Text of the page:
Bull Market for Laughıngstocks

For Chapter 14: 'Nobody Is Safe From Everybody'

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The previous post dıscussed the cruel permanance of web pages wıth embarrassıng or hateful content.

The phenomenon, of course, will disproportionately bedevil celebrities and anyone who does blunder into Warhol's 15 minutes of fame. In the winter of 2007, actor Alec Baldwin, a divorced dad who had been shabbily treated by his teenage daughter 3,000 miles away, left a scorching voicemail berating the child for cruelty and disrespect toward her own father. The message found its way to the internet, exposing him to charges of tele-child abuse.

Actor and screenwriter Eric Schaeffer wrote a book titled I Can't Believe I'm Still Single. This unleashed a torrent of online testimony from women far less incredulous than Schaeffer -- including e-mail traffic purportedly between Schaeffer and various of his previous dates. Now anyone who Googles him will find chapter and verse of narcissism and sexual perversion. His number 2 Google entry -- and I concede it may be an exaggeration -- is headlined: "The World's Worst Person."

Anontella Barba was an architecture student at Catholic University in 2006 when she made a big splash on "American Idol." Described by the Washington Post as "a coltish beauty with a jazzy vibe," she was briefly the most Googled woman in America -- though this perhaps owed less to her jazzy vibe than jazzy photos of her, along "Girls Gone Wild" lines, that were posted online. Shortly thereafter, she was eliminated from "Idol" and tried to return, at least temporarily, to obscurity -- as she told the Post -- "to stay out of the public eye a bit."

Yeah, right. In the digital world, the genie never goes back into the bottle. On that subject, perhaps the world's foremost expert is Aleksey Vayner.

He was the Wall Street job candidate who sent a video resume in 2006 to the investment banking firm UBS. The video was so appallingly and hilariously self-aggrandizing, someone at the firm couldn't resist passing it along.

The recipient also couldn't resist, and soon Vayner's vanity was a viral phenomenon on YouTube. "Impossible is nothing," he offered by way of his philosophy, borrowing from the adidas shoe ad campaign of the same name, much as he apparently borrowed whole passages in his self-published book on the Holocaust, and as he borrowed the website template for his nonexistent hedge fund.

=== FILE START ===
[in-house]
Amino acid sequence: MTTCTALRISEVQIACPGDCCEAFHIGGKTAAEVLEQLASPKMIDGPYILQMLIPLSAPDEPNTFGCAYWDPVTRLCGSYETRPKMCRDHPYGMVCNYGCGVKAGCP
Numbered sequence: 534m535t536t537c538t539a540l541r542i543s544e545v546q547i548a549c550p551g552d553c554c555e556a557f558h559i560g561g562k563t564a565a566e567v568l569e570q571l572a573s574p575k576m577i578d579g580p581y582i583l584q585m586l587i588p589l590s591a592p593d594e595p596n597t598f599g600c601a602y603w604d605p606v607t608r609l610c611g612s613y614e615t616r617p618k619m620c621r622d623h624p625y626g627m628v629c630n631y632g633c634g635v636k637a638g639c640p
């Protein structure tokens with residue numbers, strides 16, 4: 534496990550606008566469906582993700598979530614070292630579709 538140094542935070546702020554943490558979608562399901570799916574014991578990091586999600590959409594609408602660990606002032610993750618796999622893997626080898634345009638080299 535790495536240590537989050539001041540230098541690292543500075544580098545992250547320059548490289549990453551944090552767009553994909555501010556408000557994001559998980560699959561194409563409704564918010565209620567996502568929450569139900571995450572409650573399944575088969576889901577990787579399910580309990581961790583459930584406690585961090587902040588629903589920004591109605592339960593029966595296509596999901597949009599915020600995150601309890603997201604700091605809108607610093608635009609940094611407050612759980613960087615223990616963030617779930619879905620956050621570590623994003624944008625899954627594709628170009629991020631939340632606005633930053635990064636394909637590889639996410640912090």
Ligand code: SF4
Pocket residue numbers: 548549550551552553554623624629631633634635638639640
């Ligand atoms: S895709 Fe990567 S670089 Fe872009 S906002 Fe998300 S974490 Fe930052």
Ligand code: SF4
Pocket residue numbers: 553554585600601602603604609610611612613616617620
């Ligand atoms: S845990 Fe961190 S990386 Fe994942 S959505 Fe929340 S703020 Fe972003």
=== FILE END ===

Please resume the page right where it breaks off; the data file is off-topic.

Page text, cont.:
The true beauty of the Vayner video, though, was the catalogue of his world-class sporting achievements: his 140 mph tennis serve, his 495 lb bench press and, of course, his karate destruction of seven ceramic bricks. The downhill skiing shots (apparently of somebody else) and ballroom dancing sequence with the totally hot babe with the bare midriff were also quite impressive. As one poster on one blog summed up the guy's prospects: "This guy is just a joke, and Google shall always remember his name as such." His name, and face, and brick disintegrating will forever be associated with malignant self regard. He is, in a word, an international laughingstock.

And it's not fair.

Yes, Vayner made a pompous ass of himself, and, yes, he's just the kind of self-inflated blowhard everyone loves to see getting his comeuppance. But he also is a victim. His video was sent to UBS as privileged communication in what should have been a confidential personnel process. The leak was a gross invasion of his privacy, and one from which he will never fully recover. Fifteen years ago, had a Yale student sent an identical resume to Wall Street, he also would have been a laughingstock -- but the laughs would have been limited to a handful of people within about one square mile.

It has often been observed that Google is God, which may or may not be so. We do know this, though: sometimes it is benevolent, and sometime it is wrathful. Verily, Google giveth, and Google taketh away.
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